"The preservation of these lands marks the culmination of years of hard work and commitment of many individuals and organizations, including Governor McGreevey's leadership as Mayor of Woodbridge Township, efforts of the Arthur Kill Coalition, including the Edison Greenways Group, and Senator Vitale's successful legislation to transfer lands for permanent preservation," said Michele S. Byers, Executive Director, New Jersey Conservation Foundation.

The addition of the Sparks Properties to the overall preservation effort in Middlesex County will significantly increase the opportunity for future public access to the whole of the preserved wetland forest that straddles Evergreen Road along the South Branch of the Rahway River. In addition to being immediately accessible to the many residents of a nearby apartment complex, the parcel provides for safe roadside parking for visitors from more distant areas along a paved access easement.

"One of the most important gifts we can give to future generations is open space," said Woodbridge Township Mayor Frank G. Pelzman. "This recreation preserve will not only provide an area where children can learn about the environment, but will create a place where residents can relax and enjoy nature."

Since Governor McGreevey took office last year, the state Green Acres program has acquired 43,492 acres of open space, and the State Agriculture Development Committee has preserved 310 farms covering 25,516 acres.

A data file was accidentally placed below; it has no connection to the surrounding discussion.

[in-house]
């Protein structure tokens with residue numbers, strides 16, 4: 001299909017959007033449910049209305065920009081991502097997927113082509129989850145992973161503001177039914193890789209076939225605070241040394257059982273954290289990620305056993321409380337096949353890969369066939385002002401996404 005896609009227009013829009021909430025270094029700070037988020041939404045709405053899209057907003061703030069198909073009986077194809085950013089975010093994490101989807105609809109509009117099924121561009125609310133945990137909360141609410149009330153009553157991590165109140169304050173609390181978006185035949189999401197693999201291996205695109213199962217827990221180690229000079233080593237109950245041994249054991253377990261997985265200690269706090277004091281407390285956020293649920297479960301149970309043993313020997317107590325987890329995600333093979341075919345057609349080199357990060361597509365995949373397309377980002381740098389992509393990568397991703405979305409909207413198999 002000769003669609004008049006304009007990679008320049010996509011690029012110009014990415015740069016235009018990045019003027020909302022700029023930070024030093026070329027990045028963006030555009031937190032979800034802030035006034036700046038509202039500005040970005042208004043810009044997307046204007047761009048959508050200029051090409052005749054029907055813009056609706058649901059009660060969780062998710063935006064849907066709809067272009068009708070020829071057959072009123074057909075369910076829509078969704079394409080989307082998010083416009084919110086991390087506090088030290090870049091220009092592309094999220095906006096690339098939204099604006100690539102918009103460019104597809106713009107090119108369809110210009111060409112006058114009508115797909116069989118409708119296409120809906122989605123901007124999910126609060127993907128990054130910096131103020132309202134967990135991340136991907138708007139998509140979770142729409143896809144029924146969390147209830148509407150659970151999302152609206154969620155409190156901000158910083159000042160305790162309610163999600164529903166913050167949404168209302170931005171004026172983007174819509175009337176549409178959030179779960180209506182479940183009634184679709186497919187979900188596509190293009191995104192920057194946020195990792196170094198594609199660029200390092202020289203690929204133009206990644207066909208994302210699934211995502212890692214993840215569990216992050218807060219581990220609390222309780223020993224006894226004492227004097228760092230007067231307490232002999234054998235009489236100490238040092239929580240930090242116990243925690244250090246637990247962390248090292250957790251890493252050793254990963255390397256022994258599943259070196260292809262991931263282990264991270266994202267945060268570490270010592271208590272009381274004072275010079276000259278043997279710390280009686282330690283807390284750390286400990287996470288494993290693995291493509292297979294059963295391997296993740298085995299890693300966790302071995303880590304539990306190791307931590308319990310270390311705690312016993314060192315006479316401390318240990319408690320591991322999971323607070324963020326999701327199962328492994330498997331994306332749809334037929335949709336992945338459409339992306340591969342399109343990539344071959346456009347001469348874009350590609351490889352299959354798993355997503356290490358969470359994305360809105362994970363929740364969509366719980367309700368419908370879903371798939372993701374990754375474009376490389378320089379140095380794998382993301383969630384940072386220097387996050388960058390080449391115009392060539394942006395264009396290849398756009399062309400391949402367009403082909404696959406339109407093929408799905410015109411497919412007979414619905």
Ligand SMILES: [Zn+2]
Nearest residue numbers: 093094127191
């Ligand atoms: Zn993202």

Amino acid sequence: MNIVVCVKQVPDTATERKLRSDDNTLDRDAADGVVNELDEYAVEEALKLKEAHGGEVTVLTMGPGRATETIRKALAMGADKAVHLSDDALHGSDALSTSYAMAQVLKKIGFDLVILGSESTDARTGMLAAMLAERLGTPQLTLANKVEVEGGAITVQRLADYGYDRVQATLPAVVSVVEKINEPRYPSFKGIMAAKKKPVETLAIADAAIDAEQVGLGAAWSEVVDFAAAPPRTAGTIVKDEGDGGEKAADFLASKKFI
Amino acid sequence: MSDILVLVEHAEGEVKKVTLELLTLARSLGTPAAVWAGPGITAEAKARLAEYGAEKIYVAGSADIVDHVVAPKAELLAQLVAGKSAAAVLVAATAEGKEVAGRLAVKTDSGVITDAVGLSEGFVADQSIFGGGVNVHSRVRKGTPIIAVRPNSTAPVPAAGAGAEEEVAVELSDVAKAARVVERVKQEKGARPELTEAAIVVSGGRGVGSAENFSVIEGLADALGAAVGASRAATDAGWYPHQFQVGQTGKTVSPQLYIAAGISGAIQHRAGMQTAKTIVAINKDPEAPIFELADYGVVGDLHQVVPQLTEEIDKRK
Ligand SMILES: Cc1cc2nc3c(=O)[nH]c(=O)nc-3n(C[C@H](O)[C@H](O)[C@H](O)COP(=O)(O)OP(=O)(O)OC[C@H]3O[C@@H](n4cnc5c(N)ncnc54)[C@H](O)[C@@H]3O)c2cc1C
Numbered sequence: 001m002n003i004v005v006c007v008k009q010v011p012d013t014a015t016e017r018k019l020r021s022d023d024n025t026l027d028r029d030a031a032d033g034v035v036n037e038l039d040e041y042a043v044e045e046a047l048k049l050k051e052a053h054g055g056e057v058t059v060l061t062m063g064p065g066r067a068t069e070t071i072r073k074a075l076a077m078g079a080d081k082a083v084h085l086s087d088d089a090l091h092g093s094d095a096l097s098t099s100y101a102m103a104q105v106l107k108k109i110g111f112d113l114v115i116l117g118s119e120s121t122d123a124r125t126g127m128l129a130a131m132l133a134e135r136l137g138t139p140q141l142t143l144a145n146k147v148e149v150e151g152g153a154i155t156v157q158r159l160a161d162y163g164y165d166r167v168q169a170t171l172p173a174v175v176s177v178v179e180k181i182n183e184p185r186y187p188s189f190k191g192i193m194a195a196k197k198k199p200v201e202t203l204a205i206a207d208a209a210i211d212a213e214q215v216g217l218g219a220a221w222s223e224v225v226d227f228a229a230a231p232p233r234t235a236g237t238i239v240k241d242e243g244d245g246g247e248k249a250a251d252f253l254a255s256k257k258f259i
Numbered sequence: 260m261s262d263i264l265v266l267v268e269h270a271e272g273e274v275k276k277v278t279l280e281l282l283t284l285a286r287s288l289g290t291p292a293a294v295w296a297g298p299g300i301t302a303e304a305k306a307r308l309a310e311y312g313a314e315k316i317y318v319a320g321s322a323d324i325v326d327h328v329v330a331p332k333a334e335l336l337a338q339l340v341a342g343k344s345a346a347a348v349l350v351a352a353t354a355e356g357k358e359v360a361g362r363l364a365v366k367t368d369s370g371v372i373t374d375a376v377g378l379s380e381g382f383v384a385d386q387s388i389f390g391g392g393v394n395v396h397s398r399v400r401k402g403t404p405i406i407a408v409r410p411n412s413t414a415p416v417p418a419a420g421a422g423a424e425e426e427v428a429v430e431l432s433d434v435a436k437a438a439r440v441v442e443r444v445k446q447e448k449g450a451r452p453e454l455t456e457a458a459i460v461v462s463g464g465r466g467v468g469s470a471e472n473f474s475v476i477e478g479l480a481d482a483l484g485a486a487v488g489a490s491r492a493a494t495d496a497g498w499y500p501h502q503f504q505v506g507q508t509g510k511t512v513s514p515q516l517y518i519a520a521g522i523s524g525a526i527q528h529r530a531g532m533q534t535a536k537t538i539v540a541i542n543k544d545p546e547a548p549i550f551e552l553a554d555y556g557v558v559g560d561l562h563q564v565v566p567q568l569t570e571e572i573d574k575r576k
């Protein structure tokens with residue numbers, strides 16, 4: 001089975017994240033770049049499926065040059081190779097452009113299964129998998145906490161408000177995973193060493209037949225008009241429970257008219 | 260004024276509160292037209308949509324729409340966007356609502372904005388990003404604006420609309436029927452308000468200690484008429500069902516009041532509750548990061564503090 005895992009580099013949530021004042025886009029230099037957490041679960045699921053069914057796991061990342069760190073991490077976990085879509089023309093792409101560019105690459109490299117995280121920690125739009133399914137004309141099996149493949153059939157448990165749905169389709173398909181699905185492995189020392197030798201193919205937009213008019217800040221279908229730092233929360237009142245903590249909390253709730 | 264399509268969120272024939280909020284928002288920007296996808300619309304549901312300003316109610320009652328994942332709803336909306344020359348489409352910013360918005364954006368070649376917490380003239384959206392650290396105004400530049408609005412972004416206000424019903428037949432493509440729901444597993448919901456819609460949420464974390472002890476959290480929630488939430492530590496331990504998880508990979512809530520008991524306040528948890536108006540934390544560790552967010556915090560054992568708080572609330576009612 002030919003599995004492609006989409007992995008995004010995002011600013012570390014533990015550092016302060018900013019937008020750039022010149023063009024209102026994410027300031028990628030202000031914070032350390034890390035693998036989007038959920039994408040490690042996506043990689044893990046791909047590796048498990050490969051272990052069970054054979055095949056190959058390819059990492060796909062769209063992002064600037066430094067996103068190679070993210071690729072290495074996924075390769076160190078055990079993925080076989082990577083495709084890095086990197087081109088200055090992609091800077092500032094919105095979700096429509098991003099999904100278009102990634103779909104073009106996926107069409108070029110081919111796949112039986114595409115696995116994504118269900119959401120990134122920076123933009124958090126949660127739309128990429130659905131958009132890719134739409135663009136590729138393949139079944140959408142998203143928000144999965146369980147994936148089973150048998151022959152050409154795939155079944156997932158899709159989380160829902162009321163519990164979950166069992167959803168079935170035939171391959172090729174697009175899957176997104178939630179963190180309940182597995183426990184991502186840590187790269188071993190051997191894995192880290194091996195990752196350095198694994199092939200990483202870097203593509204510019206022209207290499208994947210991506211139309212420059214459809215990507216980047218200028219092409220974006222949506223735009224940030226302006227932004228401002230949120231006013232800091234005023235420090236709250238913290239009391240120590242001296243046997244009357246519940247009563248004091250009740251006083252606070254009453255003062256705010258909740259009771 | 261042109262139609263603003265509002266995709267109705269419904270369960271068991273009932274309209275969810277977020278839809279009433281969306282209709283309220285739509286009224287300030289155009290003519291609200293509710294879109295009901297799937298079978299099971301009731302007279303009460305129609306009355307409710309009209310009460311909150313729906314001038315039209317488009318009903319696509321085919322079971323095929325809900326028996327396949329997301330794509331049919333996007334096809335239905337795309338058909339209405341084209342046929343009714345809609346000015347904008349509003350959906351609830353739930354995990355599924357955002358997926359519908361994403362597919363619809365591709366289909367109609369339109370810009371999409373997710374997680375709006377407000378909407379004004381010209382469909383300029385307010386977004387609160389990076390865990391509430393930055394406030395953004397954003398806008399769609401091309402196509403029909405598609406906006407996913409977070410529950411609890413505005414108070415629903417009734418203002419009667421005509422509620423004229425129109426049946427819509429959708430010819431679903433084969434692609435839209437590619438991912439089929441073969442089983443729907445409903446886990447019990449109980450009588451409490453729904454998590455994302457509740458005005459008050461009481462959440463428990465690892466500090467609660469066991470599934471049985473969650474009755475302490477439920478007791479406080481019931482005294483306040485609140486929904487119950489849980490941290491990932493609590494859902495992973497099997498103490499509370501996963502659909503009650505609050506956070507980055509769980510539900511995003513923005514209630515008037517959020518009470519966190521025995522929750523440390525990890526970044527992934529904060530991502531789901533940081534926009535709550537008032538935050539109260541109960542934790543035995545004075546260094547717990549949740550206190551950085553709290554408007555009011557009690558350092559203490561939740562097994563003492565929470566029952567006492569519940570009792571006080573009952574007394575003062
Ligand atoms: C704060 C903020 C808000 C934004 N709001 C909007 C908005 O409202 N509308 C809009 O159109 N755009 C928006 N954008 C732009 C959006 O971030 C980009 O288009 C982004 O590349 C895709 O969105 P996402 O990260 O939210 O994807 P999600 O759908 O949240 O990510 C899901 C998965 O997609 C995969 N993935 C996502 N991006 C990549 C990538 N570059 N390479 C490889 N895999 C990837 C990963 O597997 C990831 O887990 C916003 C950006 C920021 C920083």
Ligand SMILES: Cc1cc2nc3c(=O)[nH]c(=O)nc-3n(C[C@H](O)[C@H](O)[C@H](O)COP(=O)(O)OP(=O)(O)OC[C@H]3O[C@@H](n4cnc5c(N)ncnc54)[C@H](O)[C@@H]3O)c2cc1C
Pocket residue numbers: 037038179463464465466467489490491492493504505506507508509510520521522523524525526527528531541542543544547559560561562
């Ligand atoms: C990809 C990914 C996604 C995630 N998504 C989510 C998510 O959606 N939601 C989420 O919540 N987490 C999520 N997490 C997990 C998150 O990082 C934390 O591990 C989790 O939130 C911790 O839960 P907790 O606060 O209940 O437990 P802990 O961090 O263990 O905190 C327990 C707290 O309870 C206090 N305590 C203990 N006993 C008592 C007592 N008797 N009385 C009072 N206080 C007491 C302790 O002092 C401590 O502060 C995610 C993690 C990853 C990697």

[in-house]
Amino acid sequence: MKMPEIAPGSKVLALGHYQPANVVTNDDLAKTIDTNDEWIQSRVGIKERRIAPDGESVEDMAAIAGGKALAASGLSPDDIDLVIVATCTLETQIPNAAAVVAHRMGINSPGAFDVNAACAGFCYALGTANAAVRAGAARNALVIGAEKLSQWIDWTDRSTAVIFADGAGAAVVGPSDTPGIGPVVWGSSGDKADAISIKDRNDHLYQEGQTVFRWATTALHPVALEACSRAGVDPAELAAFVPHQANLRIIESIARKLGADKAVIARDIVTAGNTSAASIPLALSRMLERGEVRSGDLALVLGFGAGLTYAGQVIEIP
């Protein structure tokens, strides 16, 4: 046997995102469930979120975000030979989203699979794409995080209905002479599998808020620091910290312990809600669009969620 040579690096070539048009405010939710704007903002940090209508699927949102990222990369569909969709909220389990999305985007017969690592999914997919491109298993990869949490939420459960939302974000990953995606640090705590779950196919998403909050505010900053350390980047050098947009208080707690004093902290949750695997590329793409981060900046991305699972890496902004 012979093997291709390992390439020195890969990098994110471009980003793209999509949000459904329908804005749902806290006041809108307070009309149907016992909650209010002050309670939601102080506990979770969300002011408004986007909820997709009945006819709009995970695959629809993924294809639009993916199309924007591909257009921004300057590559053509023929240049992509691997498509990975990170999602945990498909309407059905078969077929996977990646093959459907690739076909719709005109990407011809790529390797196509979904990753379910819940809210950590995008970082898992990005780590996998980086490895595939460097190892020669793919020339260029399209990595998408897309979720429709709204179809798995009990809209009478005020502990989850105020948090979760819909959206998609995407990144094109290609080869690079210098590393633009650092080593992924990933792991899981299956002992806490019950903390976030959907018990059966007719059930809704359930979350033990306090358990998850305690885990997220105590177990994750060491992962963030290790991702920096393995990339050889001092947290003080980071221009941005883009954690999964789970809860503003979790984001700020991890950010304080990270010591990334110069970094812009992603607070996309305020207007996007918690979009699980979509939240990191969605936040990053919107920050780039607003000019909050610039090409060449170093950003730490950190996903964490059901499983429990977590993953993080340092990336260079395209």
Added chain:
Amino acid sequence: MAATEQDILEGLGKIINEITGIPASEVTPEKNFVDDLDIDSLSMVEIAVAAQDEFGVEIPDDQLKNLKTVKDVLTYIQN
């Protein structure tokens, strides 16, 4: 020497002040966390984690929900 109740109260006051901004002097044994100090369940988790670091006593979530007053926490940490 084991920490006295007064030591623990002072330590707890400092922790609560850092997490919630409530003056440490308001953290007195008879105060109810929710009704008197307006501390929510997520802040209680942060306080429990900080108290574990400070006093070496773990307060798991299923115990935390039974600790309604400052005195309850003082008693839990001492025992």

Five years ago, voters approved a constitutional dedication of $98 million annually over the next 30 years to provide a stable source of funding for open space purchases, farmland preservation and historic preservation. Public Question No. 1, a constitutional amendment, proposes to increase the bonding capacity of the Garden State Preservation Trust to $1.15 billion, an increase of $150 million from the $1 billion voters approved. The increased bonding would place no additional costs on New Jersey taxpayers. The sales tax dedicated in 1998 to pay off Garden State Preservation Trust bonds would cover these additional bonds by taking advantage of today's lower interest rates.